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10 Reasons Why Wi-Fi Networks Fail

Just like any other accessory, Wi-Fi networks can stop working altogether. But, before you pull out your hair in frustration over the lack of Wi-Fi signals, you need to identify the reasons that are responsible for the network error. Inadequate coverage, improper installation, or poor equipment placement, the reasons for the failure are many. So, for your convenience, we are sharing the top ten reasons that could contribute towards a failing Wi-Fi network!

  • Poor Placement of Router

The router acts as a home for Wi-Fi networks since this piece of equipment supplies the devices with adequate Wi-Fi signals. Where you place it, can significantly impact the quality of the network’s signals. So, if your network is not working properly, you might want to check the router’s surroundings. Is the router placed in a corner? Is it placed at an elevated position? You need to go through everything to ensure your router does not face any disruption from its surrounding.

  • Dummy Networks

When an access point gets disconnected from a Wi-Fi network, the name of the network continues to be broadcasted to the available devices. This is a dummy network and if you successfully establish a connection with this network then you will not get any signals since the network does not exist! This could lead to network errors or failure issues.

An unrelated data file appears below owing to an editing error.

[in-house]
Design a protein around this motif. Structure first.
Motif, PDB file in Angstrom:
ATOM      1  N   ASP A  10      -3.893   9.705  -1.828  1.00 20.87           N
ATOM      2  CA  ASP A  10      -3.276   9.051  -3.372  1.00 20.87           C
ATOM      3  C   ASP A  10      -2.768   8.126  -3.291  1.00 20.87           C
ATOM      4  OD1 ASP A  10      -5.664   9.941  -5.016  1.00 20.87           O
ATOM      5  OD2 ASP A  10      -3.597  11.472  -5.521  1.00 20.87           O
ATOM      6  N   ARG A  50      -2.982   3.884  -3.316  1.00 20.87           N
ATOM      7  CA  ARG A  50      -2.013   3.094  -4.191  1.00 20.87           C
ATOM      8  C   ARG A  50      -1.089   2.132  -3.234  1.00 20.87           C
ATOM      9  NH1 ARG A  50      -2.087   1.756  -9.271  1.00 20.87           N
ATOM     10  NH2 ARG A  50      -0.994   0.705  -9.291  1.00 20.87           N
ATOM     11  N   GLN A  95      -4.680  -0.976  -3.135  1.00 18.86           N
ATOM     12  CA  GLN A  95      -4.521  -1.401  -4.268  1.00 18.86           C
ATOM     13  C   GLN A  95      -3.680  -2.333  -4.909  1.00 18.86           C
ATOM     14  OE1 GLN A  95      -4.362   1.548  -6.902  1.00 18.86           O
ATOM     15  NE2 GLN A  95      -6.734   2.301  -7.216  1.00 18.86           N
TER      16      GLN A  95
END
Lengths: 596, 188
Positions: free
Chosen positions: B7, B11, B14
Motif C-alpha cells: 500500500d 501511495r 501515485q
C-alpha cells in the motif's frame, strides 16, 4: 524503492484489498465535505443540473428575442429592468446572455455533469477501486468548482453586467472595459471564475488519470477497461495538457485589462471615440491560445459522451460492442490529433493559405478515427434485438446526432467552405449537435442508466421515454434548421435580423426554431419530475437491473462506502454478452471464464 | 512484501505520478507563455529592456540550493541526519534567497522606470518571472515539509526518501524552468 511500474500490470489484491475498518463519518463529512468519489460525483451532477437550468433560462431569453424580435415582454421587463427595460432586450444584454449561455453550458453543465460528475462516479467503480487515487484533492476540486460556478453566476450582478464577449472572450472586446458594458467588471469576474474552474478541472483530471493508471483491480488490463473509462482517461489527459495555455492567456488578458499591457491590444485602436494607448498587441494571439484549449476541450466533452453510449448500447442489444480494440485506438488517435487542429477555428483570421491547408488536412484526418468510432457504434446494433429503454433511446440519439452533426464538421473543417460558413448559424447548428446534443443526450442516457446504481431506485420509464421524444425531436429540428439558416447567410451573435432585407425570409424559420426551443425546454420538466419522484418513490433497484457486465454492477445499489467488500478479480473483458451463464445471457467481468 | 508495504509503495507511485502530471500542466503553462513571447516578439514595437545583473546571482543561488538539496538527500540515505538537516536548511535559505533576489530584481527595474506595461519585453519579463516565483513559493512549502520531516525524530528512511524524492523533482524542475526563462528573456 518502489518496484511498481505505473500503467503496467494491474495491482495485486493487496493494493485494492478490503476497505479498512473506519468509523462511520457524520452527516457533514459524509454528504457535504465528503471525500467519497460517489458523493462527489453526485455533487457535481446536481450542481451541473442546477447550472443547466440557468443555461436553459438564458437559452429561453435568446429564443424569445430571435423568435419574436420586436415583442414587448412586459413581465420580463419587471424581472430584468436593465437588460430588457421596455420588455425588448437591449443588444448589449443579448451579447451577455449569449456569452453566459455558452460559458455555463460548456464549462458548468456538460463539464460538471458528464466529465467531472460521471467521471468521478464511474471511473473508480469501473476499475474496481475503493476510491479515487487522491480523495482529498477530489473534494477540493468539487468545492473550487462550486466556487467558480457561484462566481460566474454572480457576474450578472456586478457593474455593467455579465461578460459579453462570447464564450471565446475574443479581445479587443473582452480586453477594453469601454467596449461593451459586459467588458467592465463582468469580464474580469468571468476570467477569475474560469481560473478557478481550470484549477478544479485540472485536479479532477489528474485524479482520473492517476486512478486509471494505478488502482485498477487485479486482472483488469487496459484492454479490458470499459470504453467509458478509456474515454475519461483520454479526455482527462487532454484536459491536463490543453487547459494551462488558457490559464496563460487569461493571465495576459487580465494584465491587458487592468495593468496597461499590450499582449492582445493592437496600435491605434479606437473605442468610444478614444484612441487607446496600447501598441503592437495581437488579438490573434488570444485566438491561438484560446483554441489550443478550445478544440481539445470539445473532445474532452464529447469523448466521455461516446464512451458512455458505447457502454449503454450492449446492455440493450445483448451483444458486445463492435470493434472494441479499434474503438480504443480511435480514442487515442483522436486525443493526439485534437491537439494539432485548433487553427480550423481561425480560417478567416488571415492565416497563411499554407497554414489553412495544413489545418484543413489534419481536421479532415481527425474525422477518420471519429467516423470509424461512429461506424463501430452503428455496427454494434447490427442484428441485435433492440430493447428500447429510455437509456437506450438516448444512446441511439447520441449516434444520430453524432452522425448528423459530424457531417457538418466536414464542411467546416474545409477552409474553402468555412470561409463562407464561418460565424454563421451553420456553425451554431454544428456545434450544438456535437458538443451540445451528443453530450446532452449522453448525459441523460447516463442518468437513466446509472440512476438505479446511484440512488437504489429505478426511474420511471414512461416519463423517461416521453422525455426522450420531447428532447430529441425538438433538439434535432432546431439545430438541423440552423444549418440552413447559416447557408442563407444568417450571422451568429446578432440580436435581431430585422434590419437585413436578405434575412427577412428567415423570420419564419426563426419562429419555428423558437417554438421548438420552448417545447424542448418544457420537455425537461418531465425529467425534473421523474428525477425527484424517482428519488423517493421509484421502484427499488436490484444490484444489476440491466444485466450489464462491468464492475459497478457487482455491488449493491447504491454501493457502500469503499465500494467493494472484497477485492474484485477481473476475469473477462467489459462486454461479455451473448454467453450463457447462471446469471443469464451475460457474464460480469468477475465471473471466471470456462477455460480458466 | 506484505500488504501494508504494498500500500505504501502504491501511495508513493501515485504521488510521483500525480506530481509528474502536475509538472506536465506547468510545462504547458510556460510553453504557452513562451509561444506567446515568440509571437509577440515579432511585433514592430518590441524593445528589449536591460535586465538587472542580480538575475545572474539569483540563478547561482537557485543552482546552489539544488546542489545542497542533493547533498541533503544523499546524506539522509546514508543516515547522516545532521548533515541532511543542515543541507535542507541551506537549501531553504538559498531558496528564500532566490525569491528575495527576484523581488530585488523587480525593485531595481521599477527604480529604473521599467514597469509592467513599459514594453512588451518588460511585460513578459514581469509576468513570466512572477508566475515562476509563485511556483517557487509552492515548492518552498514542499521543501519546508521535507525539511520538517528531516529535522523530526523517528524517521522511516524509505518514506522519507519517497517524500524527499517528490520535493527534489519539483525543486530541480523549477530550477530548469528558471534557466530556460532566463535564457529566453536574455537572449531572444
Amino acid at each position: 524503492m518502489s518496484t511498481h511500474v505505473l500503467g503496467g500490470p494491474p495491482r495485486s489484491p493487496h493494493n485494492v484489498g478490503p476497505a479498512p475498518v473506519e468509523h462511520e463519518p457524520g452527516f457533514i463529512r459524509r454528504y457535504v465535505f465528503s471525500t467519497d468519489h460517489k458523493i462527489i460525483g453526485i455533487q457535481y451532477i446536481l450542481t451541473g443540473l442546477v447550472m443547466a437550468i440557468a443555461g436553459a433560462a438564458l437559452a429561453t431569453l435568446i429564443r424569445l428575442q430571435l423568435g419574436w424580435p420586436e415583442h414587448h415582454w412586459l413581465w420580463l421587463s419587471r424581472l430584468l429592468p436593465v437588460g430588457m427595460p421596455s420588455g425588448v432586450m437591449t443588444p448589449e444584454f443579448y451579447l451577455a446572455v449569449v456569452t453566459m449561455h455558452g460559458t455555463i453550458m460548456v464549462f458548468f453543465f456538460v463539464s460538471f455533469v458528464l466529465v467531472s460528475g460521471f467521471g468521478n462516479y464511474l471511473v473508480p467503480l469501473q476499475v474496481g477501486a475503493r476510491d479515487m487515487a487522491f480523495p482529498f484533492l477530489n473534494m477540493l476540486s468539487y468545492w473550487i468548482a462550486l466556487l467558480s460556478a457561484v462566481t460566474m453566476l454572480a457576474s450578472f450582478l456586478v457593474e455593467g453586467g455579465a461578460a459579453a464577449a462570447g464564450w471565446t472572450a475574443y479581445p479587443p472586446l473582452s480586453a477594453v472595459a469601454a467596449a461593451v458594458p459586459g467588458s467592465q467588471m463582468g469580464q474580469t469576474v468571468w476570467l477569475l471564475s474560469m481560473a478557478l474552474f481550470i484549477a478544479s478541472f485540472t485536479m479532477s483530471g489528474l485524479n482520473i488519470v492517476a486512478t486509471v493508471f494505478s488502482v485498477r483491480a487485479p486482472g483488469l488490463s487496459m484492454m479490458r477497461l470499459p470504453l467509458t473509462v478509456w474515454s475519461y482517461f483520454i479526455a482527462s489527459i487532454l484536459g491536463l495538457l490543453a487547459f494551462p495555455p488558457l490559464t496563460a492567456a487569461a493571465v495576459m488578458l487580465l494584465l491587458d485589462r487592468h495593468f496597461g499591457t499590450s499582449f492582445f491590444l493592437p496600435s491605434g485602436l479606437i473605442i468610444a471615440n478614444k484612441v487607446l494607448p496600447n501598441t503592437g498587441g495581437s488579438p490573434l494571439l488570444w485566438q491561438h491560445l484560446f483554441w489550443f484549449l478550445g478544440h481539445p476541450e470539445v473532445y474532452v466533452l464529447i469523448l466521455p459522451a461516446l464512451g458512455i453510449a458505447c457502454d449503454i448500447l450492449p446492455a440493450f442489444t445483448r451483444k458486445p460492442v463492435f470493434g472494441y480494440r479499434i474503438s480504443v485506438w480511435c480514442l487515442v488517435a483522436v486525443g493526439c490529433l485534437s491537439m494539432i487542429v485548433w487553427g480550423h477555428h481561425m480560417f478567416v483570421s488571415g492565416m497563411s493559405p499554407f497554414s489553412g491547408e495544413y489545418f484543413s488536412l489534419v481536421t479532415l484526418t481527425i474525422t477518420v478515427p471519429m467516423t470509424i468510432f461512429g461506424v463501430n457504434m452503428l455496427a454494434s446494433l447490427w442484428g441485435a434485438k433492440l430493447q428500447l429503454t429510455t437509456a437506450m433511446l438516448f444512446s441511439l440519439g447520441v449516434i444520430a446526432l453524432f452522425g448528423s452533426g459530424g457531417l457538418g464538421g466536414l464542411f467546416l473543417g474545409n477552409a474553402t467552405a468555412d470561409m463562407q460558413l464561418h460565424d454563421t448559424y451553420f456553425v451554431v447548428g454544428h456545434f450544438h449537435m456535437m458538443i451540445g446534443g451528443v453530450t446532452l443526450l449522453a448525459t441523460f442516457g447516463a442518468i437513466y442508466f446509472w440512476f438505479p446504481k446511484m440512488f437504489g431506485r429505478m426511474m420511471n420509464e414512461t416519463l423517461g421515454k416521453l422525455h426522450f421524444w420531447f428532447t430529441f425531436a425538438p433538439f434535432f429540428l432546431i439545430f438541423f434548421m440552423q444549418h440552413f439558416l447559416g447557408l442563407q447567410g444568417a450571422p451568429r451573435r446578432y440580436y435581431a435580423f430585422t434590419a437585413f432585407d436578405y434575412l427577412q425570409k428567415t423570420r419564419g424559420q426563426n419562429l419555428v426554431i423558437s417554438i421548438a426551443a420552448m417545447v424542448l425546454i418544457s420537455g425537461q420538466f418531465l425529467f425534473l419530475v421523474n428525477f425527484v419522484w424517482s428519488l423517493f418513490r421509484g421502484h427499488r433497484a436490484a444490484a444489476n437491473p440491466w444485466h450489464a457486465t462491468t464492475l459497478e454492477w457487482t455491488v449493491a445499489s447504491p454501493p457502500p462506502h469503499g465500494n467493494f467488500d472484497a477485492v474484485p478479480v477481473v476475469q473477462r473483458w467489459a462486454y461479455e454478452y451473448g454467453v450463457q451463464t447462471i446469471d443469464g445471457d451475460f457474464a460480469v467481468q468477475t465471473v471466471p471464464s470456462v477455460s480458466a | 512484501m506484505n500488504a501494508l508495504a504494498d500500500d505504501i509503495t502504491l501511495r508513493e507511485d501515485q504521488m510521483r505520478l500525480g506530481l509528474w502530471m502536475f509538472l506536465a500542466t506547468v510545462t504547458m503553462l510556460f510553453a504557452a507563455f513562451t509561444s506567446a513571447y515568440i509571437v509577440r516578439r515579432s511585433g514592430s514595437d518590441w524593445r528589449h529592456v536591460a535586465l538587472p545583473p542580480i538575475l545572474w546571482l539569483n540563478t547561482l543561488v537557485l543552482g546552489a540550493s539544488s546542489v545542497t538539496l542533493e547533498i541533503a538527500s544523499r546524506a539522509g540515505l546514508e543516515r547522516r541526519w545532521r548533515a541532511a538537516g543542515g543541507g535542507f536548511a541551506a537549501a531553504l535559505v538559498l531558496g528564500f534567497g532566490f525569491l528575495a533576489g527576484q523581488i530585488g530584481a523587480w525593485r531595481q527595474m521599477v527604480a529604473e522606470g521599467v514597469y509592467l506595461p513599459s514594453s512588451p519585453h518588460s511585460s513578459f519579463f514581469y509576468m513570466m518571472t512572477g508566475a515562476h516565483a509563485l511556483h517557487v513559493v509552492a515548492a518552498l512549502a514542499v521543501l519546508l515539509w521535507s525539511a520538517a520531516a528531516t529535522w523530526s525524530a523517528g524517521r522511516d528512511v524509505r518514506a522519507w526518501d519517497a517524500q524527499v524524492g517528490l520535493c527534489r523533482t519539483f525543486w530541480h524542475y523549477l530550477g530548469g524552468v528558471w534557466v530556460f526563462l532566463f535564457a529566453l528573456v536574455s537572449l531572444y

To remove a dummy connection from your Wi-Fi network, you need to get in touch with your ISP. They will provide you with detailed instructions on deleting the dummy networks.

  • Weak or Tiny Antennae 

An inadequate antenna is one of the top reasons for Wi-Fi network failure. This is a serious issue because weak antenna is incapable of broadcasting the high-quality signals that it is receiving from the data cables. In such scenarios, upgrading to a high-powered Wi-Fi router or investing in a powerful antenna will help you lessen your network issues.

In most modern routers, pointing the antenna straight up does not help in any case. Instead, you need to form a perpendicular shape with them, i.e. one antenna pointing upwards and one pointing horizontally.

  • H2O Effect 

How is water connected to Wi-Fi networks? Well, water has strong absorbent qualities when it comes to 2.4 GHz signals. So, it is capable of disrupting the quality of Wi-Fi signals if your network works on the 2.4 GHz band.